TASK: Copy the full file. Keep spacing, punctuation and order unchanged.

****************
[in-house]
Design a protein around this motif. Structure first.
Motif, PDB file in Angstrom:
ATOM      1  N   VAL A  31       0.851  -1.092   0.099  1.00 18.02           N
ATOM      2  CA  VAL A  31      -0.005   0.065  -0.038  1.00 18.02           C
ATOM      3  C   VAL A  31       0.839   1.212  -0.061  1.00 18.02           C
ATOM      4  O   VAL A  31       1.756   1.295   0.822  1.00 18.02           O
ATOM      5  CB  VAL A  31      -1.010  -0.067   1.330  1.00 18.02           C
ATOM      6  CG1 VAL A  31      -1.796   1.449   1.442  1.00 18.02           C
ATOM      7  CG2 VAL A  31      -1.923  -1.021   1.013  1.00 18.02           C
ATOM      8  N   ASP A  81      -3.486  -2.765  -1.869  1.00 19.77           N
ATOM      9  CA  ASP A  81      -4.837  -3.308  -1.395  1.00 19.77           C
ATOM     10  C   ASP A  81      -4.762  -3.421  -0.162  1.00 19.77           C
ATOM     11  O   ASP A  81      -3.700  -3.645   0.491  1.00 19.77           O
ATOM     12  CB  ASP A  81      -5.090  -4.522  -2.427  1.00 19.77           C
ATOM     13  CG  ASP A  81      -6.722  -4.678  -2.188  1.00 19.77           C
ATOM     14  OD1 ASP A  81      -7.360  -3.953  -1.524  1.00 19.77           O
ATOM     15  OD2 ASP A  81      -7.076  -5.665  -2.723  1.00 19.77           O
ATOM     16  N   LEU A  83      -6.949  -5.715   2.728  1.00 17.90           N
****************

[in-house]
Design a protein around this motif. Structure first.
Motif, PDB file in Angstrom:
ATOM      1  N   VAL A  31       0.851  -1.092   0.099  1.00 18.02           N
ATOM      2  CA  VAL A  31      -0.005   0.065  -0.038  1.00 18.02           C
ATOM      3  C   VAL A  31       0.839   1.212  -0.061  1.00 18.02           C
ATOM      4  O   VAL A  31       1.756   1.295   0.822  1.00 18.02           O
ATOM      5  CB  VAL A  31      -1.010  -0.067   1.330  1.00 18.02           C
ATOM      6  CG1 VAL A  31      -1.796   1.449   1.442  1.00 18.02           C
ATOM      7  CG2 VAL A  31      -1.923  -1.021   1.013  1.00 18.02           C
ATOM      8  N   ASP A  81      -3.486  -2.765  -1.869  1.00 19.77           N
ATOM      9  CA  ASP A  81      -4.837  -3.308  -1.395  1.00 19.77           C
ATOM     10  C   ASP A  81      -4.762  -3.421  -0.162  1.00 19.77           C
ATOM     11  O   ASP A  81      -3.700  -3.645   0.491  1.00 19.77           O
ATOM     12  CB  ASP A  81      -5.090  -4.522  -2.427  1.00 19.77           C
ATOM     13  CG  ASP A  81      -6.722  -4.678  -2.188  1.00 19.77           C
ATOM     14  OD1 ASP A  81      -7.360  -3.953  -1.524  1.00 19.77           O
ATOM     15  OD2 ASP A  81      -7.076  -5.665  -2.723  1.00 19.77           O
ATOM     16  N   LEU A  83      -6.949  -5.715   2.728  1.00 17.90           N